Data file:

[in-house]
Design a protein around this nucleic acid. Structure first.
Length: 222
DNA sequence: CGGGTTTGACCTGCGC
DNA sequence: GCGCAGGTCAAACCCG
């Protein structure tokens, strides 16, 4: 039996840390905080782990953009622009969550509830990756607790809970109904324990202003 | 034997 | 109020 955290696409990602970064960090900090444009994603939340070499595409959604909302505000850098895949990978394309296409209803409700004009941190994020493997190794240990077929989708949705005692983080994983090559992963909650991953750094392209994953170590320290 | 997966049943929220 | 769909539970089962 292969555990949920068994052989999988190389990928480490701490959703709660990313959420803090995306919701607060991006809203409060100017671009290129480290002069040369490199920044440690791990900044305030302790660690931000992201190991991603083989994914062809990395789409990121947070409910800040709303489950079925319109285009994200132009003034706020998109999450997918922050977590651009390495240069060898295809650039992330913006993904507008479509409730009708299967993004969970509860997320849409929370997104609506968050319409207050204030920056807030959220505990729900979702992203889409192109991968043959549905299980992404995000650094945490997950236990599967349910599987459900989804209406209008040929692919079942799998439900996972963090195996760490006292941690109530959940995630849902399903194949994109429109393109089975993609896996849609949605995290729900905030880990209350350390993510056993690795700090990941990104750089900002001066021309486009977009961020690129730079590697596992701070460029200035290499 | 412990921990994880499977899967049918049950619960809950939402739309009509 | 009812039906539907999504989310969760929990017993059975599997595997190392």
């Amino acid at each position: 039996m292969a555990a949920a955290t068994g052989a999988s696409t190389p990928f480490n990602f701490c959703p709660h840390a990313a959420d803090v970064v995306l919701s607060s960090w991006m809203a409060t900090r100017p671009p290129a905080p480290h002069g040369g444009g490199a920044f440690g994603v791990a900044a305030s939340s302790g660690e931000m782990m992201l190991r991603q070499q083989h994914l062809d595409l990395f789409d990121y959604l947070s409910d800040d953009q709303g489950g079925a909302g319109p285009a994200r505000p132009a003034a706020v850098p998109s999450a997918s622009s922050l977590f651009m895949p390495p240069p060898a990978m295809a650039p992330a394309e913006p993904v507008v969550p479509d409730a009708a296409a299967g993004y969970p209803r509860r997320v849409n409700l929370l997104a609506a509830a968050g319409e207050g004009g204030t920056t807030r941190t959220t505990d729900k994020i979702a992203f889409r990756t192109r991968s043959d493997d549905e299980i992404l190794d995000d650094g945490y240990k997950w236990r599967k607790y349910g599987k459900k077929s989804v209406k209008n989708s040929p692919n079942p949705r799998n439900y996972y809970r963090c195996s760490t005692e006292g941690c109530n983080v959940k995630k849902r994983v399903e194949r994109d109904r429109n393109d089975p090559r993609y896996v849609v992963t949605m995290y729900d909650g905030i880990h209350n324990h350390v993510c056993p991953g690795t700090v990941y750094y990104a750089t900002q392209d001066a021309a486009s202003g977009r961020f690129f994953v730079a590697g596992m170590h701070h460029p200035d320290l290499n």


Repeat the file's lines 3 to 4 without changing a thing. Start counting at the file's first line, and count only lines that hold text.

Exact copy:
Length: 222
DNA sequence: CGGGTTTGACCTGCGC